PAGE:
2.       Don’t talk about dieting in front of your child.  Model a healthy balanced approach to eating.  Honor your physical cues for hunger and fullness.  Don’t deprive yourself.  Enjoy a wide variety of foods in a moderate way.  If you, as an adult, struggle with this there are mental health providers who specialize in this area.

3.       Turn jokes about body size into teachable moments.  Share your values about size diversity (and all diversity) with your child.  Depending on your child’s age and ability level this can be a good opportunity to discuss stereotypes and the importance of treating all people with respect.

4.       Teach your kids to have a healthy relationship with food.  This is going to be hard for some people, but, there is no “good” food or “bad” food.  Honestly.  For real.  Talk about foods in a non-judgmental way and help your kids recognize and honor hunger and satiety cues.  Children can learn what foods help them grow, what foods are nutrient dense and what foods are less nutrient dense. 

5.       Do not treat your children differently based on their size (or what size they should be because of gender).  Whatever behaviors are expected in your family should be consistent between children. 

6.       Focus on physical activity as a joyful and enjoyable activity that allows one to move their body.  Encourage all kids of all sizes to participate in sports or activities that appeal to them.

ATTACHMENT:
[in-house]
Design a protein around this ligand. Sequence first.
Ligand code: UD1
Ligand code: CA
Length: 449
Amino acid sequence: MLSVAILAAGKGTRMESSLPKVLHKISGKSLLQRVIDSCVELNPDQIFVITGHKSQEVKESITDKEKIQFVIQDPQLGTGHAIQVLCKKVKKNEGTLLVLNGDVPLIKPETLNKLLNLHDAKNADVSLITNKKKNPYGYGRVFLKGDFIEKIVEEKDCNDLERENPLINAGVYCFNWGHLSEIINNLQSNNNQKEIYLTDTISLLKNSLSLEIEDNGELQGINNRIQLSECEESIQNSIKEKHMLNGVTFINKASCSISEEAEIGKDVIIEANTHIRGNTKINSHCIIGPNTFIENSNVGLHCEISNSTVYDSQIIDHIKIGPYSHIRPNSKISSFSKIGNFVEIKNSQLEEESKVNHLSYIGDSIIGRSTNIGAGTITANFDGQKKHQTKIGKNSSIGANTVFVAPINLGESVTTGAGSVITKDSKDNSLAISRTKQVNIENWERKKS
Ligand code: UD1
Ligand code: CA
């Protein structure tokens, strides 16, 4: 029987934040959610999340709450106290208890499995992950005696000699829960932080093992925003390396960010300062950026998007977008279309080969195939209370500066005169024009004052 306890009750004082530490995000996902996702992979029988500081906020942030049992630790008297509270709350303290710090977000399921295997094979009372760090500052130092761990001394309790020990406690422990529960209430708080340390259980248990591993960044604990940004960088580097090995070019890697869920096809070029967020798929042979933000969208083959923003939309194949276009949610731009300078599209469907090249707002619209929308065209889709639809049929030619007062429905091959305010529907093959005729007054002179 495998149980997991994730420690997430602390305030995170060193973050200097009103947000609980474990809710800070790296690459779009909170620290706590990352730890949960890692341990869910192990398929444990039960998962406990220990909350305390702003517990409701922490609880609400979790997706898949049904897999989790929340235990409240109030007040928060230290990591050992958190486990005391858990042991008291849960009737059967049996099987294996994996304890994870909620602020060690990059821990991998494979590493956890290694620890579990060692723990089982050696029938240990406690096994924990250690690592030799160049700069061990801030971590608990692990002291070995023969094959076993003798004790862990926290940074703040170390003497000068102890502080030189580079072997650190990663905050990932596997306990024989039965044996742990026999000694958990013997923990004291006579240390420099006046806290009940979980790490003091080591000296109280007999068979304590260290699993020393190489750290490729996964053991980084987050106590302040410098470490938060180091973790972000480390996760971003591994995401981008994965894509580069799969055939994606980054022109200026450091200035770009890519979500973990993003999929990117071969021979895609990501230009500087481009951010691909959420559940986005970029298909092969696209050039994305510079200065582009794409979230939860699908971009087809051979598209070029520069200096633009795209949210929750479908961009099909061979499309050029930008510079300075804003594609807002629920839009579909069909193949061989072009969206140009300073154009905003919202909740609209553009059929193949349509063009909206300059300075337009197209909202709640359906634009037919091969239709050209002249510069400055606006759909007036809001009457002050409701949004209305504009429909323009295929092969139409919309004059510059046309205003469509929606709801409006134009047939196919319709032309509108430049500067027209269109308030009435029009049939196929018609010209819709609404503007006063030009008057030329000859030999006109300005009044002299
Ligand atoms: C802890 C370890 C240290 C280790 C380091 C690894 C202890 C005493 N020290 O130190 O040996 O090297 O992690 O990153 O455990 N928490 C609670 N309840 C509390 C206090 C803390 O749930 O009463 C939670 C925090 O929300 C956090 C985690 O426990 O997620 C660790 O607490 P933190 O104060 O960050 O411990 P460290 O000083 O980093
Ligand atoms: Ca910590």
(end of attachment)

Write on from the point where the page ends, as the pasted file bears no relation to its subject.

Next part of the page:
7.       Do not compliment or comment on someone’s weight.  Again, this can be hard for people, but these comments indicate that weight loss is always “right” and good.  Easy rule:  It is best to say nothing. 

8.       Instead of focusing on a child’s weight or making appearance based comments talk about how strong or smart your child is. 

Teaching kids to accept all differences is important in becoming an accepting tolerant adult.   One of the main points of teaching and modeling self-acceptance is to help a child build a healthy relationship with food that prevents dieting, binging and possible eating disorders as a child gets older.   

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Rosenberg Center by Amy.lesher@rosenbergcenter.com - 7M ago

How do I Discuss Body Image and Weight with My Kids

A recent study of 111 girls shows that by age five,  50% of these children think that being thin is very important.  Kids who feel bad about their body size and start dieting as children are three times greater risk for binge eating, weight gain, and eating disorders later in life.

Helping kids feel good about their bodies can be hard when there are a many messages in media and in society that are giving negative input. 

In week one of this blog post we are going to give you a list of Don’t Do This!

If you follow us on social media you know we aren’t about DON’T but rather we prefer the DO THIS.  That will be next week!

·         Don’t bash your own body!  Be nice to yourself!

·         Don’t promote dieting behaviors!  Encourage healthy and balanced eating.